Pragmatics in language change and lexical creativity

Allan, Keith (2016) Pragmatics in language change and lexical creativity. SpringerPlus, 5 1: 342. doi:10.1186/s40064-016-1836-y


Author Allan, Keith
Title Pragmatics in language change and lexical creativity
Journal name SpringerPlus   Check publisher's open access policy
ISSN 2193-1801
Publication date 2016-03-17
Year available 2016
Sub-type Article (original research)
DOI 10.1186/s40064-016-1836-y
Open Access Status DOI
Volume 5
Issue 1
Start page 342
Total pages 23
Place of publication Heidelberg, Germany
Publisher SpringerOpen
Language eng
Subject 1000 General
Abstract This essay examines language change and linguistic creativity as revealed by remodelling, especially as a source for euphemisms and euphemistic dysphemisms and as a function of verbal play. Within the scope of this essay, there are predominantly two ways in which novel terms and expressions are created leading to language change: formally through remodelling and semantically through figurative language. Consider some of the words for nakedness. There is the orthophemistic term nude, from Latin nudus, often used of photographic or painted representations of naked women and, much more rarely, of a naked man—hence the marked term male nude. Whether a nude is artistic or pornographic depends on the viewer belief. A colloquial Australian euphemism for being in the nude is in the nuddie. Other euphemisms include as nature intended, in one’s birthday suit, in the altogether, and in the buff (⇐buff[alo] leather, buff skin transferred to humans). Being naked is captured by the dysphemism bare-arsed and the more euphemistic butt / buck naked in which buck ⇐ butt. The orthophemistic term stark naked and the connected colloquial euphemism starkers also arose by replacing a final /t/ with a /k/: stark ⇐ start “tail, arse”. Nudists like to go about in the open air without clothes on and, being as nature intended when in natural surroundings, are euphemistically called naturists. Such expressions display folk-culture in a remarkable inventiveness of metaphor and figurative language sourced in the perceived characteristics of whatever is being talked about. For instance, terms for tabooed objects and events provide ready-made material for the dysphemistic language of curses, insults, epithets, and expletives. The essay shows that X-phemisms (orthophemisms and/or euphemisms and/or dysphemisms) are motivated by a speaker/writer’s want to be seen to take a certain stance by upgrading, downgrading, obfuscating, and deceiving; and they extensively manifest indulgence in verbal play. Although the discussion focuses on English, the categories illustrated occur across the world’s languages, and many of them are significant for the study of language change.
Formatted abstract
This essay examines language change and linguistic creativity as revealed by remodelling, especially as a source for euphemisms and euphemistic dysphemisms and as a function of verbal play. Within the scope of this essay, there are predominantly two ways in which novel terms and expressions are created leading to language change: formally through remodelling and semantically through figurative language. Consider some of the words for nakedness. There is the orthophemistic term nude, from Latin nudus, often used of photographic or painted representations of naked women and, much more rarely, of a naked man—hence the marked term male nude. Whether a nude is artistic or pornographic depends on the viewer belief. A colloquial Australian euphemism for being in the nude is in the nuddie. Other euphemisms include as nature intended, in one’s birthday suit, in the altogether, and in the buff (⇐buff[alo] leather, buff skin transferred to humans). Being naked is captured by the dysphemism bare-arsed and the more euphemistic butt / buck naked in which buckbutt. The orthophemistic term stark naked and the connected colloquial euphemism starkers also arose by replacing a final /t/ with a /k/: starkstart “tail, arse”. Nudists like to go about in the open air without clothes on and, being as nature intended when in natural surroundings, are euphemistically called naturists. Such expressions display folk-culture in a remarkable inventiveness of metaphor and figurative language sourced in the perceived characteristics of whatever is being talked about. For instance, terms for tabooed objects and events provide ready-made material for the dysphemistic language of curses, insults, epithets, and expletives. The essay shows that X-phemisms (orthophemisms and/or euphemisms and/or dysphemisms) are motivated by a speaker/writer’s want to be seen to take a certain stance by upgrading, downgrading, obfuscating, and deceiving; and they extensively manifest indulgence in verbal play. Although the discussion focuses on English, the categories illustrated occur across the world’s languages, and many of them are significant for the study of language change.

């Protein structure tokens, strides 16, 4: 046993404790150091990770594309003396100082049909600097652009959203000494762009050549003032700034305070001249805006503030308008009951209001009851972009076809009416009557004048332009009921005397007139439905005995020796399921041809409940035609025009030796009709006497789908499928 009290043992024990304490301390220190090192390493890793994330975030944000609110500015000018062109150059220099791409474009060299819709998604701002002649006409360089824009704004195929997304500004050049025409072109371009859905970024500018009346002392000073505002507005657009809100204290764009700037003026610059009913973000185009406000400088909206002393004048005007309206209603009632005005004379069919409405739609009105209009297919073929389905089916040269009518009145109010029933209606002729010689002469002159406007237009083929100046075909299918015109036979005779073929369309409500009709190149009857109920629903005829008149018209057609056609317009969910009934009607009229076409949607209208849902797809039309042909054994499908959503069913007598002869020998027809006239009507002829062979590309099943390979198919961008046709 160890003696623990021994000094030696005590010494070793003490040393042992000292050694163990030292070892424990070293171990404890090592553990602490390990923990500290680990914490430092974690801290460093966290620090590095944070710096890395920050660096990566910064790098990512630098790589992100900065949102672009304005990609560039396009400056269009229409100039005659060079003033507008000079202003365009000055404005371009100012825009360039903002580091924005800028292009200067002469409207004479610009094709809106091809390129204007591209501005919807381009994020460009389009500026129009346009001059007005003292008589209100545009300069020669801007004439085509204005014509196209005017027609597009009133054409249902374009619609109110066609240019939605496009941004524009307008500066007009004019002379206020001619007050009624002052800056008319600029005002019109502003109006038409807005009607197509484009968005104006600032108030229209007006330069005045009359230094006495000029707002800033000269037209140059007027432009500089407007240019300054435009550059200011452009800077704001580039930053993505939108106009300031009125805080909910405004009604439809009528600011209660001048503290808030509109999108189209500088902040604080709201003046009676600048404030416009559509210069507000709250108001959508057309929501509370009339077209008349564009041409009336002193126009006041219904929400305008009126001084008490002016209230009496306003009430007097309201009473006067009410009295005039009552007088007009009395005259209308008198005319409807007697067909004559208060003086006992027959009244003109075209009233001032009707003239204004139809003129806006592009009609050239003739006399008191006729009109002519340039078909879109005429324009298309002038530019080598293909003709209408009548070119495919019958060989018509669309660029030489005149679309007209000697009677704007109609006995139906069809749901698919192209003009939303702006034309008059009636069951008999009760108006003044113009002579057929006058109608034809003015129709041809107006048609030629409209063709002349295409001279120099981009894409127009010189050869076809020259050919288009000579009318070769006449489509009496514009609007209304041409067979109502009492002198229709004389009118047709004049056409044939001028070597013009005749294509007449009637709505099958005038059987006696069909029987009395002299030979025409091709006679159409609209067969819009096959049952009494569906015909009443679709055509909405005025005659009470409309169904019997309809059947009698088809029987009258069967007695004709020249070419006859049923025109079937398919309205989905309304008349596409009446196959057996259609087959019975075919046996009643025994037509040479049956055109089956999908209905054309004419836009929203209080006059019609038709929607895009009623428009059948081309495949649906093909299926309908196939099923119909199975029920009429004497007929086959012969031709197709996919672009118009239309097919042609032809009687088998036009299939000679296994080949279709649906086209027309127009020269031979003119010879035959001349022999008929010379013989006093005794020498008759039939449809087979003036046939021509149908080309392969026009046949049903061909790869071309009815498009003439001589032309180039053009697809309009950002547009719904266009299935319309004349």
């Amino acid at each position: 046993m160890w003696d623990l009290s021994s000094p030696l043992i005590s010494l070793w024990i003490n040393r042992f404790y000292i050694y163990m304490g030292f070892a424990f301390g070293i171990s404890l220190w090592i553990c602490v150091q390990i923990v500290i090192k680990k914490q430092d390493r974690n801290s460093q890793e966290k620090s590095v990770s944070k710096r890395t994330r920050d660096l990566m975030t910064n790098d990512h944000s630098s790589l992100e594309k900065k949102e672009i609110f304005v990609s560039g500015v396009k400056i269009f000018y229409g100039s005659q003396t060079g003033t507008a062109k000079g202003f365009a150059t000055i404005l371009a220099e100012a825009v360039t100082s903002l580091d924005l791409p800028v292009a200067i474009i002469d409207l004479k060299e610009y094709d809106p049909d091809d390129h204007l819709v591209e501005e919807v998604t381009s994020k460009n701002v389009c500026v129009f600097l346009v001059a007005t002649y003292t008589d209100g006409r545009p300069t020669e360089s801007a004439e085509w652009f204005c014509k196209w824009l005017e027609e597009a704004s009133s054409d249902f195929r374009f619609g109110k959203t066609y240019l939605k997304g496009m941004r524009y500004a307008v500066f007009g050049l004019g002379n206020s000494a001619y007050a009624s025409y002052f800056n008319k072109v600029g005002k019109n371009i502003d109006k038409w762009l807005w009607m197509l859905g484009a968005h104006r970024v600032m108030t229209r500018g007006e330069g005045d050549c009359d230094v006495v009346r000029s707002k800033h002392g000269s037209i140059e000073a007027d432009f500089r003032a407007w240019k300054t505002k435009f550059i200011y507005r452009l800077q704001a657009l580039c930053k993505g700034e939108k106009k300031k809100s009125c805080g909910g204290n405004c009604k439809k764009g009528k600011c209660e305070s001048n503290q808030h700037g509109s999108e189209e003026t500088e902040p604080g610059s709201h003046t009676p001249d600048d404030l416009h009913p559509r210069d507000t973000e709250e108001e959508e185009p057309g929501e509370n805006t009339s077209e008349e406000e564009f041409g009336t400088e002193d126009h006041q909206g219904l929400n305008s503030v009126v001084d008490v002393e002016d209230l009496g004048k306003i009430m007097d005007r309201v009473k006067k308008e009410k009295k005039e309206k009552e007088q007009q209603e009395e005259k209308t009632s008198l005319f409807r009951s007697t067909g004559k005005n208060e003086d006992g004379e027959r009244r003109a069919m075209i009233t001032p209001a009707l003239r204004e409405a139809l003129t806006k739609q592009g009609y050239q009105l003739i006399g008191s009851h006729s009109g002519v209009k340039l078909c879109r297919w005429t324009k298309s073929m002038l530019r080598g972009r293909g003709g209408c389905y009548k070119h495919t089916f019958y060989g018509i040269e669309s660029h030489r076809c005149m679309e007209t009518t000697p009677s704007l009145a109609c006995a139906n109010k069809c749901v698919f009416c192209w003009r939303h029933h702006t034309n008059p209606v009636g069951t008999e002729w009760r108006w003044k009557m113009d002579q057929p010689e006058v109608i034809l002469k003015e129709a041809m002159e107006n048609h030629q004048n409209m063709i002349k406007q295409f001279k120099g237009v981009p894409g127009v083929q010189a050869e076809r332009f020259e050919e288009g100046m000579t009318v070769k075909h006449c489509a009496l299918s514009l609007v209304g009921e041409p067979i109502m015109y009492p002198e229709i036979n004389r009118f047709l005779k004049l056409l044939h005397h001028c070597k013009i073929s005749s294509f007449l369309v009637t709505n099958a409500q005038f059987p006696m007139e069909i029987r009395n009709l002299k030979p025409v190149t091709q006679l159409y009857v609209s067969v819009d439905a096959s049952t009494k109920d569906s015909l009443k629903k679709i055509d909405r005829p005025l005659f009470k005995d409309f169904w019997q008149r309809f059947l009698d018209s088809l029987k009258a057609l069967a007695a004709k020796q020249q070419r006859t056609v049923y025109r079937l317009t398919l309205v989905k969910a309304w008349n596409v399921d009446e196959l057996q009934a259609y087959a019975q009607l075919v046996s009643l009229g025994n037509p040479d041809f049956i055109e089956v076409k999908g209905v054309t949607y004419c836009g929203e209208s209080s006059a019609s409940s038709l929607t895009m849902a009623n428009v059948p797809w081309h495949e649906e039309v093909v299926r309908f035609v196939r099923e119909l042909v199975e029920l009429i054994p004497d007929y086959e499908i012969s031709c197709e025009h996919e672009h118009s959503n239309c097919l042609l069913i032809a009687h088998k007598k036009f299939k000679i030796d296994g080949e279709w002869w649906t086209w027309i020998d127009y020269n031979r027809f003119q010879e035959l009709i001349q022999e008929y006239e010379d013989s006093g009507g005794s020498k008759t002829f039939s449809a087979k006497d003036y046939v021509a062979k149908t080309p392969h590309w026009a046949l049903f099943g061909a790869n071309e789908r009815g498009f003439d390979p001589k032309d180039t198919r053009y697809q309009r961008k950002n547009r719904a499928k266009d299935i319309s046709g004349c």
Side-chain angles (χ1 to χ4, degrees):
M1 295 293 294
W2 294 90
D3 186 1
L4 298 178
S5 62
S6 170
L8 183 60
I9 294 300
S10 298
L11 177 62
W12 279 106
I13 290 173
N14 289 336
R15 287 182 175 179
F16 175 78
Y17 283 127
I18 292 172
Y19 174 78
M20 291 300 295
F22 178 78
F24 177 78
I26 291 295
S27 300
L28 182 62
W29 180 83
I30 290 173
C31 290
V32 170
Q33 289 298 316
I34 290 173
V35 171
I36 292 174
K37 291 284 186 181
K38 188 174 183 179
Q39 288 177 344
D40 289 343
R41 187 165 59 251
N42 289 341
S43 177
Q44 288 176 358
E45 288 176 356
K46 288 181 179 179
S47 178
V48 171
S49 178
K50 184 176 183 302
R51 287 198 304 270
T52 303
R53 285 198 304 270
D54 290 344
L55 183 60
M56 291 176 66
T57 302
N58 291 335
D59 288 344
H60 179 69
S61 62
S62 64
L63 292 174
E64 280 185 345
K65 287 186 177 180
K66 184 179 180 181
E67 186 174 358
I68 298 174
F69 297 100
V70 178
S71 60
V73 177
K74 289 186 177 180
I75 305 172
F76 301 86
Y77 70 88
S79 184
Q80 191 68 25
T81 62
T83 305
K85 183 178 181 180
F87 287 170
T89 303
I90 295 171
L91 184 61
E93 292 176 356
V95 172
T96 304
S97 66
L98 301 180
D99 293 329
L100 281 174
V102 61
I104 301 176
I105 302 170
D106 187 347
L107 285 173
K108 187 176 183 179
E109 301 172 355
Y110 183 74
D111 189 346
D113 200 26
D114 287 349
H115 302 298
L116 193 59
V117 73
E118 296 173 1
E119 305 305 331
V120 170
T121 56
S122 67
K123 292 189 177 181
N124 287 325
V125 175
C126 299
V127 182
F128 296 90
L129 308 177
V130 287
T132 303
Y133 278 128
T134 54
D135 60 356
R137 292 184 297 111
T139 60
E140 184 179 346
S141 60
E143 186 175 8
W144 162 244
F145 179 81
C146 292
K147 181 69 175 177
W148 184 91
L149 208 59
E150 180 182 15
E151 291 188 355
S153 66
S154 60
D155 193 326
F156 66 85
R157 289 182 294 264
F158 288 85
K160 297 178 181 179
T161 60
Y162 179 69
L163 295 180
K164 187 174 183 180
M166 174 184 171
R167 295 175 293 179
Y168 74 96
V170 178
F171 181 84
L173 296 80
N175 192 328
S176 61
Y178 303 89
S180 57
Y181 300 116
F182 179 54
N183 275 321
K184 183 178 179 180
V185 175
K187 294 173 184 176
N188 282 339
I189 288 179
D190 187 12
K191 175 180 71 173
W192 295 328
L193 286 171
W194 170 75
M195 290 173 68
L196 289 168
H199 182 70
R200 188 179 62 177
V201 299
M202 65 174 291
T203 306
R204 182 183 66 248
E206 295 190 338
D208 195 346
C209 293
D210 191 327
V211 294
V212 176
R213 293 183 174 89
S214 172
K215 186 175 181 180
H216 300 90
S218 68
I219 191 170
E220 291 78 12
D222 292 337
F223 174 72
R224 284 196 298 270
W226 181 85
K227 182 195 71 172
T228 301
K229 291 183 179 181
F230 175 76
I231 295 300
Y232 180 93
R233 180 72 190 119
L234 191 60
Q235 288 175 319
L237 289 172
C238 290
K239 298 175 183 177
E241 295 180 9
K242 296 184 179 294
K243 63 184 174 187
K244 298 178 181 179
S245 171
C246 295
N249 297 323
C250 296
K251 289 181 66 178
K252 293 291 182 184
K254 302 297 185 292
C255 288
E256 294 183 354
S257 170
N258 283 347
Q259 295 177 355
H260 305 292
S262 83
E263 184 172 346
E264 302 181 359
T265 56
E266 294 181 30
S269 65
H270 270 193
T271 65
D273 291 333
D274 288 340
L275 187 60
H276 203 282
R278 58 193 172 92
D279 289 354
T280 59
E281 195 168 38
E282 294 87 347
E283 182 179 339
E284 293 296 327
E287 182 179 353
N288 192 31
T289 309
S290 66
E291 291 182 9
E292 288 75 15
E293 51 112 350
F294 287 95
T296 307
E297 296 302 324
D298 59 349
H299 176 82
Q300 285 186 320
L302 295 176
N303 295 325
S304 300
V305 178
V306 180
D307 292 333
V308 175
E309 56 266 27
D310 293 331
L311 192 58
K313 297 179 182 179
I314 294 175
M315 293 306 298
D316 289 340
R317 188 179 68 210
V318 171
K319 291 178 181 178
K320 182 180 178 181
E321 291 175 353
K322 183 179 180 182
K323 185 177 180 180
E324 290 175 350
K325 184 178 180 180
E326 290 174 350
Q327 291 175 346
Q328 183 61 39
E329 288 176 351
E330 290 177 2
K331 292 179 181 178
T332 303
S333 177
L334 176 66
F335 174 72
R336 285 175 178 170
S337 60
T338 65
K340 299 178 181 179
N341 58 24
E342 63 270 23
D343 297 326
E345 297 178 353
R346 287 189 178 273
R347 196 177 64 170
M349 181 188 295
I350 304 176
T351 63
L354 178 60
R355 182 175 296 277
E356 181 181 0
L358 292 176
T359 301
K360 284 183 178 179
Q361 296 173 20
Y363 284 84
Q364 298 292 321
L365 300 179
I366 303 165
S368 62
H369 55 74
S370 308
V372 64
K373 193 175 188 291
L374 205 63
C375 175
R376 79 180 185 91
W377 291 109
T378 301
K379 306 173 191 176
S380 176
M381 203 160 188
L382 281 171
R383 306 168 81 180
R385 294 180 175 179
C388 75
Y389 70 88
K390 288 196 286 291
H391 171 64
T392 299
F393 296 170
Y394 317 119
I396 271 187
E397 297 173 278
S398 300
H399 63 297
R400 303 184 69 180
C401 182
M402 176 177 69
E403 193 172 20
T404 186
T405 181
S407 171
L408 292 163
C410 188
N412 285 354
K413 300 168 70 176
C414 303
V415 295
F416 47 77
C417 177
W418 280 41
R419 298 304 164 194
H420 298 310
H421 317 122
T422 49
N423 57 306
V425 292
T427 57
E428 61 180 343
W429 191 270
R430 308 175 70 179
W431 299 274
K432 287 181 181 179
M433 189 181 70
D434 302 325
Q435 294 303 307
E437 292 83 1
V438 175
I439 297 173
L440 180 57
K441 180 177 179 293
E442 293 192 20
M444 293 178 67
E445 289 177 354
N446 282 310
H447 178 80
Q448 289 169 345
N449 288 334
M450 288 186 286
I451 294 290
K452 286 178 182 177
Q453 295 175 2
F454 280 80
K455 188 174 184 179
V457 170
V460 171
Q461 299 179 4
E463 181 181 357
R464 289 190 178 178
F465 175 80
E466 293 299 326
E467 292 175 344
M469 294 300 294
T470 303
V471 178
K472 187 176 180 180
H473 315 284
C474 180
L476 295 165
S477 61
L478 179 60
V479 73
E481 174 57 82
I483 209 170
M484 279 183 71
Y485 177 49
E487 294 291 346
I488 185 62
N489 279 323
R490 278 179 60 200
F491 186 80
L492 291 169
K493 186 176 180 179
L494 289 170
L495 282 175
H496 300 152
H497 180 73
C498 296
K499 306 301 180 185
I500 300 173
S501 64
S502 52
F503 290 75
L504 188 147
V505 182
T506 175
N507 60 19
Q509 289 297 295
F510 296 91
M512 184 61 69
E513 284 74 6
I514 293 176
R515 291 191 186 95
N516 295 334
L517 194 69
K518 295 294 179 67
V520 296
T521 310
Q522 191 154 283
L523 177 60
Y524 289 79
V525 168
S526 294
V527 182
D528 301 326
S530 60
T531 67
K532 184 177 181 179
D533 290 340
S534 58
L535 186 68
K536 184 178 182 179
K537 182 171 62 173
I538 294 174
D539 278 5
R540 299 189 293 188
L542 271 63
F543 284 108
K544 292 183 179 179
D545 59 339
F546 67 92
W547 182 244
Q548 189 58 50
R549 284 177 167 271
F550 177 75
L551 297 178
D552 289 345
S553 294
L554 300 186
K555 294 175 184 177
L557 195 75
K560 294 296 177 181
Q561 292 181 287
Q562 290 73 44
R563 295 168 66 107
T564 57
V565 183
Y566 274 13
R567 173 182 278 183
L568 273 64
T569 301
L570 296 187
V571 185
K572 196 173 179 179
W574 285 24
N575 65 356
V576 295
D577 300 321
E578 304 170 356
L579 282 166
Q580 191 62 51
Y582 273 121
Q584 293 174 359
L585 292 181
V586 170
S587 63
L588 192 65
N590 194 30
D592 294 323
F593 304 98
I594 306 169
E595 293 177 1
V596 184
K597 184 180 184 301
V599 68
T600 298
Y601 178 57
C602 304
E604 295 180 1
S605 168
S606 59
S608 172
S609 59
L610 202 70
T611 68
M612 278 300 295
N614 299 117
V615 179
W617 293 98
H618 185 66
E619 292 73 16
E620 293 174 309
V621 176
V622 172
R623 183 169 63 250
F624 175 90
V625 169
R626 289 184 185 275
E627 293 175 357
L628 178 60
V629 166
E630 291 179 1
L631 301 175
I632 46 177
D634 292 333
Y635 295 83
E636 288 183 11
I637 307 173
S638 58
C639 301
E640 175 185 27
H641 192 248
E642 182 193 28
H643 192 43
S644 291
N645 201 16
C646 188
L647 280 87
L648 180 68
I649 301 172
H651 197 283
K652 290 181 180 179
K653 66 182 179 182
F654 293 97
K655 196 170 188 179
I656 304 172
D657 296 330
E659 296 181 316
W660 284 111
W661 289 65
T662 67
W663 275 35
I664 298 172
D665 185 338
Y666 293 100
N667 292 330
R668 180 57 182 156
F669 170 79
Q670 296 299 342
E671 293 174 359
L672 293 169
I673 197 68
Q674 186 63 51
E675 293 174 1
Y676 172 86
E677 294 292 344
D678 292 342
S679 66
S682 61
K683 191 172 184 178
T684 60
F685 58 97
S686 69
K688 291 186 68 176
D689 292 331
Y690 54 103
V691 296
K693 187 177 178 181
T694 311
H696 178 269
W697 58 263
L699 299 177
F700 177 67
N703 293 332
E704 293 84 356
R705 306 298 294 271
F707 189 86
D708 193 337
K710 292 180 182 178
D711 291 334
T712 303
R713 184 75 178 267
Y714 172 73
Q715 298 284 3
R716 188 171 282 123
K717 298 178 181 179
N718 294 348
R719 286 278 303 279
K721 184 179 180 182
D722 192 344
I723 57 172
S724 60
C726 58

Keyword Dysphemism
Euphemism
Figurative language
Metaphor
Metonymy
Orthophemism
Q-Index Code C1
Q-Index Status Provisional Code
Institutional Status UQ

Document type: Journal Article
Sub-type: Article (original research)
Collections: HERDC Pre-Audit
School of Languages and Cultures Publications
 
Versions
Version Filter Type
Citation counts: TR Web of Science Citation Count  Cited 0 times in Thomson Reuters Web of Science Article
Scopus Citation Count Cited 0 times in Scopus Article
Google Scholar Search Google Scholar
Created: Tue, 29 Mar 2016, 10:12:00 EST by System User on behalf of Learning and Research Services (UQ Library)